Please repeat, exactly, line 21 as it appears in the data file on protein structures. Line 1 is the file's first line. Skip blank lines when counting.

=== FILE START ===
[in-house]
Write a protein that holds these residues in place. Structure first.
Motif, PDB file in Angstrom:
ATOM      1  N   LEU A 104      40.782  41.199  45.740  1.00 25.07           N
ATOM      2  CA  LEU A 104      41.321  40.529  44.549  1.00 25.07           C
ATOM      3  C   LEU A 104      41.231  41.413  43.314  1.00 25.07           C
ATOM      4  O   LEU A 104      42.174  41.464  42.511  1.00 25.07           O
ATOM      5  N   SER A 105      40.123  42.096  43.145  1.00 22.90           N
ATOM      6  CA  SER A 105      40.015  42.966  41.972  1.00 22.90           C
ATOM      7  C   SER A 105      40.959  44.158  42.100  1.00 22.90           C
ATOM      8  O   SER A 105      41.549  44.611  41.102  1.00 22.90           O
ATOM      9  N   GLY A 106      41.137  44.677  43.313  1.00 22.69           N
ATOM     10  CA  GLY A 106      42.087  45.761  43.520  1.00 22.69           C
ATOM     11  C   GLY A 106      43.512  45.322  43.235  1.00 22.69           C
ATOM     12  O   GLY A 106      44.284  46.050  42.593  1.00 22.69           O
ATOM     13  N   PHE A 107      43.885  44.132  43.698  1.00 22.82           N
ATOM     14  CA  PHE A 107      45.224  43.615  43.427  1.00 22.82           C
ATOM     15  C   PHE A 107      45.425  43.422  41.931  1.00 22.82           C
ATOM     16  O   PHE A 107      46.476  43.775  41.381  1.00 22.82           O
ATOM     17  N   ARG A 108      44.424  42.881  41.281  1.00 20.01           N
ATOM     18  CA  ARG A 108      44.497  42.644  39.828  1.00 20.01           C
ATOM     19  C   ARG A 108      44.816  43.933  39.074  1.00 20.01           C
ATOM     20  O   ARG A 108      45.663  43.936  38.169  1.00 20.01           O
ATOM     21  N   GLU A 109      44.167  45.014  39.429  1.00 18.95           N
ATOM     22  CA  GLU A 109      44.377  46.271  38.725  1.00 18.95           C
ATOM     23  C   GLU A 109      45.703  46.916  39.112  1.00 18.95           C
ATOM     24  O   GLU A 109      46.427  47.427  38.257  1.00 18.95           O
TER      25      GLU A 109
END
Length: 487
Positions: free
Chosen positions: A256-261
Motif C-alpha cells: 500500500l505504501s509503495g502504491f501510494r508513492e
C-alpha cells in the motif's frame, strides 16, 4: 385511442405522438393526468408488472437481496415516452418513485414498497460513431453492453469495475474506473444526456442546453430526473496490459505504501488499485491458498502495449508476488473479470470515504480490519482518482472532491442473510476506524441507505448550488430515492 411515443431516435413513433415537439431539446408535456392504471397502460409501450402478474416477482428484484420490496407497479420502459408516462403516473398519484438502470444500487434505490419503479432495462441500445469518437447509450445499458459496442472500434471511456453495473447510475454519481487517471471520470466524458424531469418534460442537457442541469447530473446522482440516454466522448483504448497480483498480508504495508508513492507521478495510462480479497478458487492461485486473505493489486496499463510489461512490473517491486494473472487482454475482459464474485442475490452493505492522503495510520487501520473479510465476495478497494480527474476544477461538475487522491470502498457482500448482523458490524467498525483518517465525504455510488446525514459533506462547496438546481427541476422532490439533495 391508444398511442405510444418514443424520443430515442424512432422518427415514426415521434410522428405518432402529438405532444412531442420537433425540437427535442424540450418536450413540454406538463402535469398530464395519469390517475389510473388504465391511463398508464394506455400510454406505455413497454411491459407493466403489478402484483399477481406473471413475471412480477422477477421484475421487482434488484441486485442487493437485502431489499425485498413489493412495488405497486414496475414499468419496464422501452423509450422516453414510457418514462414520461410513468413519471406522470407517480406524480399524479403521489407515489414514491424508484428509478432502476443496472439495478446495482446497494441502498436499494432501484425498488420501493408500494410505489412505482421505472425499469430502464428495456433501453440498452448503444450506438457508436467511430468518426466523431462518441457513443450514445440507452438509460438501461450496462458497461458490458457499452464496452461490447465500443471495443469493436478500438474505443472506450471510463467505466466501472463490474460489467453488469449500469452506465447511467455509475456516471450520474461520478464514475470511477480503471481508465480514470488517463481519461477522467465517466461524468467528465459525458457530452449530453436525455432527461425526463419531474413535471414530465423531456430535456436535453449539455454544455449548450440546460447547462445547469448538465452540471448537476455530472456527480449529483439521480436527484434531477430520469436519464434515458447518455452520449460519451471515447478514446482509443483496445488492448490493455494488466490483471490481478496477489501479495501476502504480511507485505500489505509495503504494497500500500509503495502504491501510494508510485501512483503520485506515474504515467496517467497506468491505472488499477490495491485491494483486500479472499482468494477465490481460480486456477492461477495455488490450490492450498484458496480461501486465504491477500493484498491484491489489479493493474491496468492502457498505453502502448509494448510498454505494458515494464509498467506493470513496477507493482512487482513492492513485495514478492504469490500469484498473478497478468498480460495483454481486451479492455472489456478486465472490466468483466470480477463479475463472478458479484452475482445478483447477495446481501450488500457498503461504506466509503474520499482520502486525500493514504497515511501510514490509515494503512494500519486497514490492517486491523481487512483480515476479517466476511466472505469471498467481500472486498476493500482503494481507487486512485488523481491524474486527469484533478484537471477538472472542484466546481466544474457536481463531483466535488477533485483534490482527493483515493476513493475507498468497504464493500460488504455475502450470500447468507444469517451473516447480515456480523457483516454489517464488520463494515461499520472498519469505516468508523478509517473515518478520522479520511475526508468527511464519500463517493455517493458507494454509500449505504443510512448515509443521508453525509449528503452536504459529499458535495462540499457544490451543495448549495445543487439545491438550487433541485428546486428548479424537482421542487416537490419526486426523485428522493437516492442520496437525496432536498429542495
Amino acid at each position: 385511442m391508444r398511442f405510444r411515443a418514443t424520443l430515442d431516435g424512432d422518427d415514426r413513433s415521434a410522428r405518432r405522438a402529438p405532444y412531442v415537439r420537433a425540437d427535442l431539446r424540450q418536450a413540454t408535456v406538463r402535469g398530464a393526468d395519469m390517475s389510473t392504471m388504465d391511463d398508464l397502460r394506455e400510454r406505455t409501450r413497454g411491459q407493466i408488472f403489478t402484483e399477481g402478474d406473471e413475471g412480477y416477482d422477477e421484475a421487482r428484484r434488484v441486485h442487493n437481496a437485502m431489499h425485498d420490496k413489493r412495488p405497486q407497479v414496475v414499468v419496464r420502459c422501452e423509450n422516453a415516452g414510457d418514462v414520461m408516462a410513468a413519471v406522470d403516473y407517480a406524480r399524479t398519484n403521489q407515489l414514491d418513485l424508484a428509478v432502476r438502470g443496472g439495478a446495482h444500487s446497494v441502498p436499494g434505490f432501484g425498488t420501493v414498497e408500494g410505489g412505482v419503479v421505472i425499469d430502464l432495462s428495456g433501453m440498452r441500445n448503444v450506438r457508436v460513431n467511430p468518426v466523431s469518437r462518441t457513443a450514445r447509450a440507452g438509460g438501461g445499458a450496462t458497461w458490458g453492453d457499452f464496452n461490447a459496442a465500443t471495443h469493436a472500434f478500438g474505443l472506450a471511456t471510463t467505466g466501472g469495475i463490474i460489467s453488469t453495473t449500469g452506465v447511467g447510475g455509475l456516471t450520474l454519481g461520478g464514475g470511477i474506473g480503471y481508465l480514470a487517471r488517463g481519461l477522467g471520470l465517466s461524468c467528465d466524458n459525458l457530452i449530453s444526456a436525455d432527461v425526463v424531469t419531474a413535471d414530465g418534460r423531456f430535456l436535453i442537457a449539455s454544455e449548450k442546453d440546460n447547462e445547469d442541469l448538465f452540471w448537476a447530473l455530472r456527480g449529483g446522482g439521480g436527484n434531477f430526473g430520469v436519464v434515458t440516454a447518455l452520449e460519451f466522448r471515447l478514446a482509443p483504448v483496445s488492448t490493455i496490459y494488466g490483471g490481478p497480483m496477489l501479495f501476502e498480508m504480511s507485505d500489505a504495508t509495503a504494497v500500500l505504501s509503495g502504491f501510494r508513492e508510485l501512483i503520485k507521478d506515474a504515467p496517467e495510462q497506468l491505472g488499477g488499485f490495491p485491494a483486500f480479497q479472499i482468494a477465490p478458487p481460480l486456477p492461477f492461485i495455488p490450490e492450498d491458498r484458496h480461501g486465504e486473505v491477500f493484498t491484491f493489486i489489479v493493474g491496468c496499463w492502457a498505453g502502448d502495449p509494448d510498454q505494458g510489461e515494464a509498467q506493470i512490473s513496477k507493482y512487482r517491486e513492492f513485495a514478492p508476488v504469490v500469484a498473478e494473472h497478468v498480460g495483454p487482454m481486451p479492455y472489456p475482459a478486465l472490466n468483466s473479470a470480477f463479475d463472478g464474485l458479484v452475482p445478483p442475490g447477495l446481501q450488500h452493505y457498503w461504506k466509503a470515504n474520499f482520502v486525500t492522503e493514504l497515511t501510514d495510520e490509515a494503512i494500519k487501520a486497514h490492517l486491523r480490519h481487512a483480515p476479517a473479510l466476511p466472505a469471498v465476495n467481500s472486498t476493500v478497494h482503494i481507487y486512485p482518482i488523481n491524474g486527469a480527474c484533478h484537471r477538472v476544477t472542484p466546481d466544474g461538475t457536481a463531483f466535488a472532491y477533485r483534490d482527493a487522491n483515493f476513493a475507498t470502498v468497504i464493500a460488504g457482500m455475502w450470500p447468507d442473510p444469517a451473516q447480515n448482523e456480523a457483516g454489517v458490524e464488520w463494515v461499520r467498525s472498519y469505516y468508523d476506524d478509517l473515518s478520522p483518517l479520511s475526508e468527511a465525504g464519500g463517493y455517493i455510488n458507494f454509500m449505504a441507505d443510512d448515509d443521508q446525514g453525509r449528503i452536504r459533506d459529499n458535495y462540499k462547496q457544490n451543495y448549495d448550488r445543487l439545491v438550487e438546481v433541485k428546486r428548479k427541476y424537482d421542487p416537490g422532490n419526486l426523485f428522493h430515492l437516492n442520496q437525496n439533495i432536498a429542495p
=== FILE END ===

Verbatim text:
ATOM     18  CA  ARG A 108      44.497  42.644  39.828  1.00 20.01           C